Crinkled brows meditate and strategise in patient silence, against the mind that races ahead of the moves, tactfully manouvering the pawns to safety, or to kill.
This is a typical setting of a game, that for centuries, has pushed players to their intellectual best.
Universally known as Chess, this has been the ultimate mind game, with its origin being traced to the 6th century.
Although its inception continues to be a topic of historical debate, many claim that its precursor, known as ‘Chaturanga’, originated in India during the Gupta Empire.
With the tides of time, the chaturanga, loosely translated as four divisions of the military–infantry, cavalry, elephantry and chariotry–travelled across the Indian ocean to seat itself among the Persian elite as ‘shatranj’. Eventually, it evolved into modern day chess with its pawn, knight, bishop and rook, respectively.
After dwelling in the realms of black and white for thousands of years, chess has finally found its third layer of complexity, a grey component, quite literally!
Called the Triwizard, this unique version, with tri-coloured chess pieces (white, black and grey) involves complex permutations to make it a battle between three, and not the usual, two kings!
The seed of the idea to integrate three players came to five-year-old Aditya Nigam, while immersed in one of his usual chess championship games at home.
“When I was younger, I usually played with my brother and friends. Sadly, in such situations, either one of us had to wait and be a spectator. And, of course, nobody liked it. That got me thinking on why chess can’t be modified so that the excitement increases with more players? Although a random thought, it stayed with me for years. After my first year of engineering, I began to pour myself into finding a way out,” says Aditya, while speaking to The Better India.
Check out Triwizard Chess on The Better India Shop.
Brewing up a chess-revolution of sorts, he began his research from 2011, and worked on calculating the code that has the potential to take chess to the next level!
“The main intent was to add value to a game which has enthralled the world. This version combines all the infinite possibilities of classic chess but with complex psychological elements. Here, alliances can be formed and broken amongst players, at will. While the rules have been kept almost same as the mainstream game, we have made it much more challenging because one player can now checkmate two players at the same time!” says Ashish Nigam, co-inventor and Aditya’s brother.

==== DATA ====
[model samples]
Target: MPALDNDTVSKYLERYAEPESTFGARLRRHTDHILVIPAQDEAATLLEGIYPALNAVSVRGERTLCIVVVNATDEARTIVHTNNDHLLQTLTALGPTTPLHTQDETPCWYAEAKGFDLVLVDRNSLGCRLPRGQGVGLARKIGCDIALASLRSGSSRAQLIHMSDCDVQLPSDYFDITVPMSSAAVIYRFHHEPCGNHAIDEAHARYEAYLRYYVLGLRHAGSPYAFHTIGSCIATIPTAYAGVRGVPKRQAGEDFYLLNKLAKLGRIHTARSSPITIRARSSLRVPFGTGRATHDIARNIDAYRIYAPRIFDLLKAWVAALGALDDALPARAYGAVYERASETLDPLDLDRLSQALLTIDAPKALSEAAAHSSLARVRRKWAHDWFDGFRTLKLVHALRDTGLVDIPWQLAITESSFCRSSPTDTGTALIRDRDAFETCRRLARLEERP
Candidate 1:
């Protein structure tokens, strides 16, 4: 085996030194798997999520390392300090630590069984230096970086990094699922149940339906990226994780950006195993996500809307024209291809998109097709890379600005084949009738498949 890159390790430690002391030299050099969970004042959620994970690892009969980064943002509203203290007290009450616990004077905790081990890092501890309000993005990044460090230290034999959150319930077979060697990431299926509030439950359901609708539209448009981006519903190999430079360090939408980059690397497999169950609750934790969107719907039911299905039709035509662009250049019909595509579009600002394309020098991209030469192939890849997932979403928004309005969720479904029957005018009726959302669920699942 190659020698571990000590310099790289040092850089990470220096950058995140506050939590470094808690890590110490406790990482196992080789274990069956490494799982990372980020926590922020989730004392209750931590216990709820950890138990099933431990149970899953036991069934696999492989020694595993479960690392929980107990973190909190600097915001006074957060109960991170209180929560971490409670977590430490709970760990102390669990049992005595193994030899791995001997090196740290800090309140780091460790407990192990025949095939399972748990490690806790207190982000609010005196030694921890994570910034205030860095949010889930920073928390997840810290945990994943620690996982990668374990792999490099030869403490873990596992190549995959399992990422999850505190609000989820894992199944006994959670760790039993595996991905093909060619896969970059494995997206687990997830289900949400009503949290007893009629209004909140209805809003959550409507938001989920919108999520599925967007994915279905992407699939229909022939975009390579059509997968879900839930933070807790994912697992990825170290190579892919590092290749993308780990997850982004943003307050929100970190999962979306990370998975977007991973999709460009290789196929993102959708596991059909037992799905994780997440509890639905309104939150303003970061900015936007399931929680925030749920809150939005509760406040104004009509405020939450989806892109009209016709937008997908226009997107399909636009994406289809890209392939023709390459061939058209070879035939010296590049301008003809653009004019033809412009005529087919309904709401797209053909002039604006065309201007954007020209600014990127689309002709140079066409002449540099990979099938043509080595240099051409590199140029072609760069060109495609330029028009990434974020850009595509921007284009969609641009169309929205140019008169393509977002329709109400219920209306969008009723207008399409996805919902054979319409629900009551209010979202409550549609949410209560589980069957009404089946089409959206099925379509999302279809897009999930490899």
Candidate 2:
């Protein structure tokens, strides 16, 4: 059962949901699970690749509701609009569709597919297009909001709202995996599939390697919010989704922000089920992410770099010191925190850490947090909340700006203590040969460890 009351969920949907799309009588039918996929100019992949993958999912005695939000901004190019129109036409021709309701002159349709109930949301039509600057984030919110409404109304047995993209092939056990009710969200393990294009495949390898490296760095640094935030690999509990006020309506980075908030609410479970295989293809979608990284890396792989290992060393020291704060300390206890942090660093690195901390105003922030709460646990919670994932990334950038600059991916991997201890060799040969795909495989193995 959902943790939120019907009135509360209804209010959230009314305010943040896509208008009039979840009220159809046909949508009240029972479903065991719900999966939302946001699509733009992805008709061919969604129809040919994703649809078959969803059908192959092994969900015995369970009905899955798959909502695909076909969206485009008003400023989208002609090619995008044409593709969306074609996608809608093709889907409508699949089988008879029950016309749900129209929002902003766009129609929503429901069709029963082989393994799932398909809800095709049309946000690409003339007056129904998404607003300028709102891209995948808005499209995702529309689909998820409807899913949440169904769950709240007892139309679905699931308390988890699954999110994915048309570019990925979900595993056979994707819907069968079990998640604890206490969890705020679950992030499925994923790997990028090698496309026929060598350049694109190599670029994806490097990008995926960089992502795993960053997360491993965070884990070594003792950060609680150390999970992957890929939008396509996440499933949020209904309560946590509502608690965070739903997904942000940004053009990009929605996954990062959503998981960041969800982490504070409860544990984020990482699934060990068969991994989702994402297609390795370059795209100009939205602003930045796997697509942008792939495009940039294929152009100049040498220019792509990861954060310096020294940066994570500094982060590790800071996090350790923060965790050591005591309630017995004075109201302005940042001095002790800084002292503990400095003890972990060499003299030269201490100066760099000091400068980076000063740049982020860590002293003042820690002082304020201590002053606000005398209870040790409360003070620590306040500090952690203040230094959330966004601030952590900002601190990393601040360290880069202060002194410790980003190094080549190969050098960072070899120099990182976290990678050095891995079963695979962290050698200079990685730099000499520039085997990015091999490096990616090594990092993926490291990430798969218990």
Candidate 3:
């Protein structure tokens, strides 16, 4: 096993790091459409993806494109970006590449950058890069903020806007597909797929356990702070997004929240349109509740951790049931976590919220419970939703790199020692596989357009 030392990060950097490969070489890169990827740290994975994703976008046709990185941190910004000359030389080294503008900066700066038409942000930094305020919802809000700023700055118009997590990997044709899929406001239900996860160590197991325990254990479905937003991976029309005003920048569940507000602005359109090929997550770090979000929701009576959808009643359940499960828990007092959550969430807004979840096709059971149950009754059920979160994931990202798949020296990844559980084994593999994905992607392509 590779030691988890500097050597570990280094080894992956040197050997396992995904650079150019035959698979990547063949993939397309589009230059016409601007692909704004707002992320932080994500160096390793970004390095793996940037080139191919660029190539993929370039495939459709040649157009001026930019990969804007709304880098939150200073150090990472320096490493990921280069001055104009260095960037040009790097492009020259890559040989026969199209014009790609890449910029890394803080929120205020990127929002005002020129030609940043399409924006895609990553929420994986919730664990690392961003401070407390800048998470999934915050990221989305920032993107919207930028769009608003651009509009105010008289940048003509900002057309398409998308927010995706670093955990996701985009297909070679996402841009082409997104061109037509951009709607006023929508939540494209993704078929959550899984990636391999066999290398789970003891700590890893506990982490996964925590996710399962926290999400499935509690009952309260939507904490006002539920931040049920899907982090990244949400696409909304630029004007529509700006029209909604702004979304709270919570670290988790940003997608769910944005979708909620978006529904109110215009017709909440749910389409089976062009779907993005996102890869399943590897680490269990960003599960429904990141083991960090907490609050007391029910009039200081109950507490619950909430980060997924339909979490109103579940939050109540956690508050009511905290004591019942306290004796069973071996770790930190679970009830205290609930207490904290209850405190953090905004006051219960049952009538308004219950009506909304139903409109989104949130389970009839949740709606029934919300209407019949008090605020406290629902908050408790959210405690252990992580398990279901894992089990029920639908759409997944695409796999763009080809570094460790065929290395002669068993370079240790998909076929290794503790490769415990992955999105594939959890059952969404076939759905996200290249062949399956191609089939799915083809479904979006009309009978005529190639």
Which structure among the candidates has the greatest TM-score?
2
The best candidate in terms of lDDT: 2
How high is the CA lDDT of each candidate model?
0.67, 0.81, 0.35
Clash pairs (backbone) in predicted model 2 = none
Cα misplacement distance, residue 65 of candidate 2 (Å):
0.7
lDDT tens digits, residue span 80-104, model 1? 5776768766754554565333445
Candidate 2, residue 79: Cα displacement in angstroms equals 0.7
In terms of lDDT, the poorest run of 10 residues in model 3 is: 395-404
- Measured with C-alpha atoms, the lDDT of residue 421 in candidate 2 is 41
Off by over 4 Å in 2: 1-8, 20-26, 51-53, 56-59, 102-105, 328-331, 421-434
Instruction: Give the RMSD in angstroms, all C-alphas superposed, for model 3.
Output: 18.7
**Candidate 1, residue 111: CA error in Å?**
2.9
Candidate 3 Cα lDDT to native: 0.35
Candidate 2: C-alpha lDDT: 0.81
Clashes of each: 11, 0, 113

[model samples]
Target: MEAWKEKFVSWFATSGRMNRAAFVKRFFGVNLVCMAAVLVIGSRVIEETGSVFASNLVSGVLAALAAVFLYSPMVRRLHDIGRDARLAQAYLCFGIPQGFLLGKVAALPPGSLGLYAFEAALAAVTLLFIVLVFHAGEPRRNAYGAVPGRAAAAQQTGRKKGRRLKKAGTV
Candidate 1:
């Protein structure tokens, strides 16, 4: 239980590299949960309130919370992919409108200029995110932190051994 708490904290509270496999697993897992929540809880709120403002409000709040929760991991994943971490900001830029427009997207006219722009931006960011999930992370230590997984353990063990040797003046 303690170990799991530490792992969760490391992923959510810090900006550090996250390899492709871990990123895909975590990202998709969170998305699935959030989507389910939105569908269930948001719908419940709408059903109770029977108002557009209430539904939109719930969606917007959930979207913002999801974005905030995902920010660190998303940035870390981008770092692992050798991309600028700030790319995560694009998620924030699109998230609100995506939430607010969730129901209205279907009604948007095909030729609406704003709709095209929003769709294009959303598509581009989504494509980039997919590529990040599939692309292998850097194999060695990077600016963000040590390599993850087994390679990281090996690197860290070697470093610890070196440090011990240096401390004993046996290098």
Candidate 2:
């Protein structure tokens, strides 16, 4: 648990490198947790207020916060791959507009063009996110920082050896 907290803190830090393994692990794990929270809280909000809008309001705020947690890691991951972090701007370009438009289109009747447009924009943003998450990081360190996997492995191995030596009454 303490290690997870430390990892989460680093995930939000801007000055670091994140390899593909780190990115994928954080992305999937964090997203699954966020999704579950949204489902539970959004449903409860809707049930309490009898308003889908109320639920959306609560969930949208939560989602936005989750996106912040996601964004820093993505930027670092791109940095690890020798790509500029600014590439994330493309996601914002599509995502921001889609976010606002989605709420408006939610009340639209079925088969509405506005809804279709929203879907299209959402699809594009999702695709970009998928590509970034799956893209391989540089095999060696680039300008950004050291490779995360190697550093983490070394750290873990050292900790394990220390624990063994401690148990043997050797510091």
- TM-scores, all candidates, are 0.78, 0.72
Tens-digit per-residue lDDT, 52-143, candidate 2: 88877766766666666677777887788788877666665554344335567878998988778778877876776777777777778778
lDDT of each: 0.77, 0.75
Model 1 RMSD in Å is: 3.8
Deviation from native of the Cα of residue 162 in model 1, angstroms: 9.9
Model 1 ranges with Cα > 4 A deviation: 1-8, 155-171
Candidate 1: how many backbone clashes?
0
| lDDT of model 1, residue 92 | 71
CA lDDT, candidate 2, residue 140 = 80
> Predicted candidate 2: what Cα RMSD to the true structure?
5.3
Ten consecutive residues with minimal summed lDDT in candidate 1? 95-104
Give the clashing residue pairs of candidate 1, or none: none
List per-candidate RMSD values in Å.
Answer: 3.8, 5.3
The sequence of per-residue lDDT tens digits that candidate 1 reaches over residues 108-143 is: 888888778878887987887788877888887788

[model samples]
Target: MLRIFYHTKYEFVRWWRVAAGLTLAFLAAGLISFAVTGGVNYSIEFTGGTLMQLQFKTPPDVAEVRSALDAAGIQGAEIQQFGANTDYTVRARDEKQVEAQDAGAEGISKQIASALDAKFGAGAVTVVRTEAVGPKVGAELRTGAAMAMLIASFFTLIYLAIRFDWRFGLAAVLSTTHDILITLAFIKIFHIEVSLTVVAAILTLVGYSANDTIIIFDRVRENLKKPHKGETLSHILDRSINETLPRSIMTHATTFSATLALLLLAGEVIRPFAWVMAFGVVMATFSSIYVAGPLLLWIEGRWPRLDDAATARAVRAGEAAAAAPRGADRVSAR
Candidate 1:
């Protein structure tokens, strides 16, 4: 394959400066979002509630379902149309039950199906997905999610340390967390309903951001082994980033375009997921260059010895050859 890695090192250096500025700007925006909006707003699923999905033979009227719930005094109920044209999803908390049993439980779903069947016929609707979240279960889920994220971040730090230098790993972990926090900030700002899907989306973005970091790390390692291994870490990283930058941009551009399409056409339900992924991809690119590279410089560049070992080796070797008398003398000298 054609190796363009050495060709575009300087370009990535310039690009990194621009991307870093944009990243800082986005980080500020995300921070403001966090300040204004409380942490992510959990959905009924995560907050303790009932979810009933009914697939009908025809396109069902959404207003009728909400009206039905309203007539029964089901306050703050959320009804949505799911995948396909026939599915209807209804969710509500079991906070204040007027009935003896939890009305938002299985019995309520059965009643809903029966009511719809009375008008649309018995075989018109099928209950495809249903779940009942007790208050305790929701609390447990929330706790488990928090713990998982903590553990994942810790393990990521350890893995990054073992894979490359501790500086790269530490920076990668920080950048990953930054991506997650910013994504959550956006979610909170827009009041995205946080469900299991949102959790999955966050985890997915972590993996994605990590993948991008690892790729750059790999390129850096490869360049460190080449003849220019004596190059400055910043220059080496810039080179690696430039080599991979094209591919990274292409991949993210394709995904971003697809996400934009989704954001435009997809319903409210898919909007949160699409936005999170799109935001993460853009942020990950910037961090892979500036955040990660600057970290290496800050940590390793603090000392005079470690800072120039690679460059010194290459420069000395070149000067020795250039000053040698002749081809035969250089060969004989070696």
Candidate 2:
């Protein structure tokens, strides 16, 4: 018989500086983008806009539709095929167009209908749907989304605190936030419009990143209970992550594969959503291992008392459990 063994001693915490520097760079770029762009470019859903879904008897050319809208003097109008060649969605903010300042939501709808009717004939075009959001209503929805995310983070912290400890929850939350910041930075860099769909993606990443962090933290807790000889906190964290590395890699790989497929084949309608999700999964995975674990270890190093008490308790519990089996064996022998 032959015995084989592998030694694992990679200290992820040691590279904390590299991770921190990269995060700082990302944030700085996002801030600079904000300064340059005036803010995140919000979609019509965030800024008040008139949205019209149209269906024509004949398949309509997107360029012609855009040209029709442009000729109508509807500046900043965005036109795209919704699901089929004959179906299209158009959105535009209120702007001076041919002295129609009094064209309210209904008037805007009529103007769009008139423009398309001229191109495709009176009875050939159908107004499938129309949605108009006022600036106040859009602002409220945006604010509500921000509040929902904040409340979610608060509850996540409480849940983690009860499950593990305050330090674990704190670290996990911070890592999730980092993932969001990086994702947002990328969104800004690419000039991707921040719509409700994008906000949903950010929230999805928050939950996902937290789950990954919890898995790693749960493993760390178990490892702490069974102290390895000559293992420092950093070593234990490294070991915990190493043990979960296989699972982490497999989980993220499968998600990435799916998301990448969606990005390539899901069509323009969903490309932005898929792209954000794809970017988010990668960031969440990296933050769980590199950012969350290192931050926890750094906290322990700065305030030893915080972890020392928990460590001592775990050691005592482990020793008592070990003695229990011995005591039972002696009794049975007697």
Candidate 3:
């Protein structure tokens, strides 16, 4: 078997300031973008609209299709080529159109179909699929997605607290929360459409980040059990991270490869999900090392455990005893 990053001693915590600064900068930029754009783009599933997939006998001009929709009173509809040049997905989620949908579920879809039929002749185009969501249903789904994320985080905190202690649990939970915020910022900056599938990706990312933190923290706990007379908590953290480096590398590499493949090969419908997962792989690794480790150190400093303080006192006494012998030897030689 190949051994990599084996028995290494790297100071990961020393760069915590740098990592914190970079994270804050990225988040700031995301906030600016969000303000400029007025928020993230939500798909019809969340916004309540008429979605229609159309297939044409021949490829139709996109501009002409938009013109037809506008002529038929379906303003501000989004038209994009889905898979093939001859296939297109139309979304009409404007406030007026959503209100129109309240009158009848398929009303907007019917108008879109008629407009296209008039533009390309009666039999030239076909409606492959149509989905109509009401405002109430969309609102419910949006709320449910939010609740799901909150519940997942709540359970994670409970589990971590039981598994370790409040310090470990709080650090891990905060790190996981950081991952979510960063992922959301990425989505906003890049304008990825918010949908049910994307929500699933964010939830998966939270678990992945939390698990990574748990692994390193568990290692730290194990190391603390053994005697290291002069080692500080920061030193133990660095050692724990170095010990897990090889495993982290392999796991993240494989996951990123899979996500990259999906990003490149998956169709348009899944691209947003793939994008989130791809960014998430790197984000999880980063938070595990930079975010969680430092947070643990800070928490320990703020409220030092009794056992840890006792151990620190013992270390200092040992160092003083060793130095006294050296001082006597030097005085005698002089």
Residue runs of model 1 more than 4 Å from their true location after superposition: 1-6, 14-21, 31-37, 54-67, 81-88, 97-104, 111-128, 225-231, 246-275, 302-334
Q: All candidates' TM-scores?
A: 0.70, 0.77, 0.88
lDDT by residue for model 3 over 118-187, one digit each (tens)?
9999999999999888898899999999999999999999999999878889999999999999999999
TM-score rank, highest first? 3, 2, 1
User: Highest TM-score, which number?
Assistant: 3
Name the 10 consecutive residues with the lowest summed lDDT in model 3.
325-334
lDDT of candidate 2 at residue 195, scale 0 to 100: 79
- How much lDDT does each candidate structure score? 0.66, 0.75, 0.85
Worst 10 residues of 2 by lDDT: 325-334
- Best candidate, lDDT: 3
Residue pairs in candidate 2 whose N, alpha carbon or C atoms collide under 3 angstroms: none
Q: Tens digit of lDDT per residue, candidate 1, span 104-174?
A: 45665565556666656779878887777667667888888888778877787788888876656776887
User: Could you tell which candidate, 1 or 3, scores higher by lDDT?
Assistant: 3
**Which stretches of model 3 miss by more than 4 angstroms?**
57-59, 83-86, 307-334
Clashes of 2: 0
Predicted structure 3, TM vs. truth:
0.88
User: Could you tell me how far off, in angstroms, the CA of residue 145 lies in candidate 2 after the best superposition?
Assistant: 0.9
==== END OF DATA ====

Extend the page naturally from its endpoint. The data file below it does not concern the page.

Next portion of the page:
His passion soon took form as his alma mater, IIT Roorkee organised the first-ever three-player tournament using his invention, the Triwizard Chessboard in August 2018.
Speaking about the game, one of the winners, Vivek Varma, says, “In this version, the complexity of the match meets new heights as you now have to battle two minds. You have to take care of attack and defense at the same time, while quickly calculating and making your moves. What makes it even more challenging is that you can’t use your old theories or strategies to win this game. Triwizard chess demands that its players be quick and on their fingertips at all times!”
Aditya adds, “The idea was to encourage chess among youngsters by increasing the number of players. The rules, however, are unaltered, where the white plays first, followed by the grey, and then the black, while moving clockwise. The fact that the viewer is now a player as well changes the dynamics of the game as it tests a player’s survival and killer instincts, all at once,” shares Aditya.
After starting a financial technology-based app, Passbrook, two years ago, Aditya is now moving towards making Triwizard chess a full-fledged venture, aimed to revolutionise the gaming industry.
However, like most innovation startups, the journey of creating the unique game was full of roadblocks.
“From people discouraging me to logistical issues, a lot of perseverance, patience, hard work and familial support has gone towards making this possible. At one point, when everything, from research to prototype design, was ready, we were pushed back because of lack of resources. Convincing the manufacturers to create a custom chessboard with chess pieces, and that too in limited quantities was a challenge. But eventually, all the pieces fell into place,” continues Aditya.
Although available only in physical form, Aditya plans to launch the online version soon, where players will be head-to-head against the computer.
In addition to this, he is also organising special training and grooming classes for Triwizard chess, to introduce and enthrall the world about the new game.
“Chess is believed to have originated in India, and I hope that with this invention, we will be able to hold an international Triwizard chess tournament in India, adding another feather to our glorious hat!” he concludes.
Kudos to you, Aditya.
To know more about on Triwizard chess, write to him on firstname.lastname@example.org.
(Edited by Shruti Singhal)